Finding our Own Identity

Finding our own identity

Interview with Piruza Khachatryan (my mother)


This interview consists of recollections about Soviet Armenia’s political and social layers.  The interviewee Piruza Khachatryan remembers her youth years in Soviet Armenia, which were full of hope, but mostly full of fear and despairing memories. This interview represents the Soviet era from the point of the 90’s generation.


-What’s the first thing that comes to your mind when thinking about Soviet Union and those years?
-Well. Let me show you something. Can you guess what this is?

-A lottery? Maybe an ancient calendar or something?
-This is a coupon for bread. We used to get bread by this piece of paper. But it was after 1991, after the independence. Before that we had coupons for coffee, meat, butter etc. It’s not that the life was poor and we suffered. No. We were living quite well, but just like robots, like machines. 

-What do you mean just like robots? You were not free and had to obey?
-It was like a cage to me. Well, imagine a parrot living in a small cage. You may feed him with the best food: fruits, raisins, creating the best atmosphere for him and etc. As soon as one day you leave the door of the cage open he’ll escape. And that is natural. Nobody wants to be in a cage.
-Now without metaphors. You mean it was a dictatorship?

-You tell me. Once when I was on grade 5, I and my classmates decided to escape the classes and go to the cinema. We thought that was a good idea and would be lots of fun. But after 15 minutes the doors of the hall opened and the guys of “Komsomol” entered. As a punishment for the “crime” our whole class was sent to “Kolkhoz” to gather potatoes next week. A week later we were forced to wander along the city and gather used paper for so called “makulatura”. Was that fun? No!
-What if you oppose to obey? I mean, were people afraid to talk, to disagree with something, to say that they are not satisfied with the government?

– You would appear in Siberia if you dare to disagree.
-So even as a kid you realized that it was a dictatorship.
-I did, but not everyone thought it was bad. During those years we were told that Soviet Union was our motherland. We had no idea of politics. We thought that Moscow was our capital and not Yerevan. Sounds strange, huh? We had a neighbor who hated the Soviet and anytime he saw an article in a newspaper about Stalin or Lenin he spited on it and threw away. And once another neighbor noticed that Gurgen papik was spitting on Lenin’s picture, he immediately reported and Gurgen papik was sent to Siberia for 10 years. It was a very common thing back those years. You had to keep silent and keep your thoughts away from public.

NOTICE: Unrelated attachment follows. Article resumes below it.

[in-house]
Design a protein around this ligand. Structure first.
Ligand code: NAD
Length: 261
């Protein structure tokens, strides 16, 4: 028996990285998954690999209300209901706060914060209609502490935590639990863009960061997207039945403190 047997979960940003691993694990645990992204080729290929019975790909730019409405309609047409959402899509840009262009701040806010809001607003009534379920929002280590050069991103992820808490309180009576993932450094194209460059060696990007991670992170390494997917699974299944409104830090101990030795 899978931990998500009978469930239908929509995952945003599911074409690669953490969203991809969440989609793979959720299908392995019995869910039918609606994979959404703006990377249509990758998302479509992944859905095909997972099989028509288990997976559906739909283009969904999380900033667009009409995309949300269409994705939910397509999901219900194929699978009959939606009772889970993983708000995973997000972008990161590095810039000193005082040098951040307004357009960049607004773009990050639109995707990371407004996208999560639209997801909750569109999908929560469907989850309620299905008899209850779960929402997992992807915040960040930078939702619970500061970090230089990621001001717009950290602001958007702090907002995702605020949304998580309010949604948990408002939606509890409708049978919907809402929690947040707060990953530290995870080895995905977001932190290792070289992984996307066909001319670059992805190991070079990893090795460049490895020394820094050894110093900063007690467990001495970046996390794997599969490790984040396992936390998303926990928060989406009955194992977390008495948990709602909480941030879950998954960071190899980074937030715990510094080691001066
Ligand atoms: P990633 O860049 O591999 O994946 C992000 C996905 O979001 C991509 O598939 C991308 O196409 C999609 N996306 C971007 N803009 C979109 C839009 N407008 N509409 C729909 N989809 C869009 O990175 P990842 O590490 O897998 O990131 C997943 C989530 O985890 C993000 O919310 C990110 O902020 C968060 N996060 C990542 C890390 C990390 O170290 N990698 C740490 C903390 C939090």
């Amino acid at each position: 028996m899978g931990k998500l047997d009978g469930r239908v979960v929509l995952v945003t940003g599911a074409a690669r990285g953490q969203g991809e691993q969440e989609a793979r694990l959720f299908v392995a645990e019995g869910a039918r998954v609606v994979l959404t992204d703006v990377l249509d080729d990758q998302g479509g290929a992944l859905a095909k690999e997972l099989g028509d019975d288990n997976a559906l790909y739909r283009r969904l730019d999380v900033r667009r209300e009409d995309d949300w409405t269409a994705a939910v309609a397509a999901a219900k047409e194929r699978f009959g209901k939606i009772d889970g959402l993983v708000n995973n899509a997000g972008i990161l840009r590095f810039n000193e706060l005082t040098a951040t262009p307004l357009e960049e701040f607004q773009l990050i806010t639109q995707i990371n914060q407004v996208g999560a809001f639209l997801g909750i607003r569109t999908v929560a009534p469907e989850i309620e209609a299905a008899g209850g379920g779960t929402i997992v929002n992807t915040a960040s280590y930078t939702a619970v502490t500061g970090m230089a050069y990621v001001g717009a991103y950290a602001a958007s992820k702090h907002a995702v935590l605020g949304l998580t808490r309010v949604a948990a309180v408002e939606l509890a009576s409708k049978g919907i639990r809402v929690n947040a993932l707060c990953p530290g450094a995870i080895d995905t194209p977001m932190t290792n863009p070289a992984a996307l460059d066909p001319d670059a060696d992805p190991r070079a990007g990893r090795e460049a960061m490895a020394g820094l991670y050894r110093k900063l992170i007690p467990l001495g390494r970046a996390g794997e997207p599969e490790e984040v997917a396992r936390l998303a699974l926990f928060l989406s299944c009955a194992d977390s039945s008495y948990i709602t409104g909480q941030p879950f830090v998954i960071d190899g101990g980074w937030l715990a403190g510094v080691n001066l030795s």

-In the Soviet Union you were not able to find self-published books in the bookstores. They were banned. Have you ever read books of Armenian dissidents? 
-Hayrikyan was my favorite. I really loved and believed him. He was one of those people who really wanted freedom from Soviet and he fought for it. But you know how he ended up.

-When did you realize that Soviet Union was going to collapse and you needed independence? I mean, when you realized that Armenia is our capital and not Moscow. What was the turning point?
-1988’s. When the “Karabakh movement” started, for the first time in our schools we were told about Karabakh and our own country. Only then I realized that my motherland is only Armenia and not the whole Soviet Union and its states. Strikes and rallies began. I remember how my mom took me to those rallies. There was a good vibe in the air. We didn’t know what we wanted but there was something. 1988 made us realize that we are separate from Soviet Union and we need freedom. Even after the collapse of the Soviet when there was no electricity, people were saying that we’d better have no electricity than live under the control of Soviet force. 

-But do you want to go back to those years? Was there something that you miss?
-Well. When I was a kid we were free to travel around the Soviet states. That was cheap and everyone who had a job could do this. You could’ve gone to Baku to buy a new jewel and come back. We used to visit Moscow very often. I remember when my mom took me to “Detsky Mir” to buy some new clothes. Everyone had jobs at that time and there was no poverty.
-So you miss that!
-Maybe I do, but only some little things. Your granny will say that Soviet was good and she lived a rich life. But at that time we weren’t a separate country. We were just a little part of a big system. If you ask the same questions to her she’d say that those years were good for everyone and people were happy. But they live a life of a robot. They got up in the morning, went to work, came home, visited a restaurant once a month, had their holidays in Baltic once a year and lived a normal life.
-So, why not to have a life like that. Isn’t that all people want?
-We had no identity. Period.
-Ok, last question. Are you happy now?
-Do you know what we were yelling during the rallies? We were screaming “Karabakh is ours”. And it IS ours.
-Why in such a pathetic manner?
-Because you can never imagine what it was to not have an identity. 

This interview leads to the following conclusions: The Soviet era has left a huge impact on people who lived under that dictatorship, but the dream of having an independent country was the driving force which led to the large-scale movement in 1988. 

  1.  Political youth organization in the Soviet Union.

  2.  A form of collective farm in the Soviet Union.

  3.  The convicts were sent to the underpopulated areas of Siberia.

  4.  A mass nationalist movement in Armenia and Nagorno-Karabakh from 1988 to 1992.

  5.  Russian children’s retailer founded in 1957.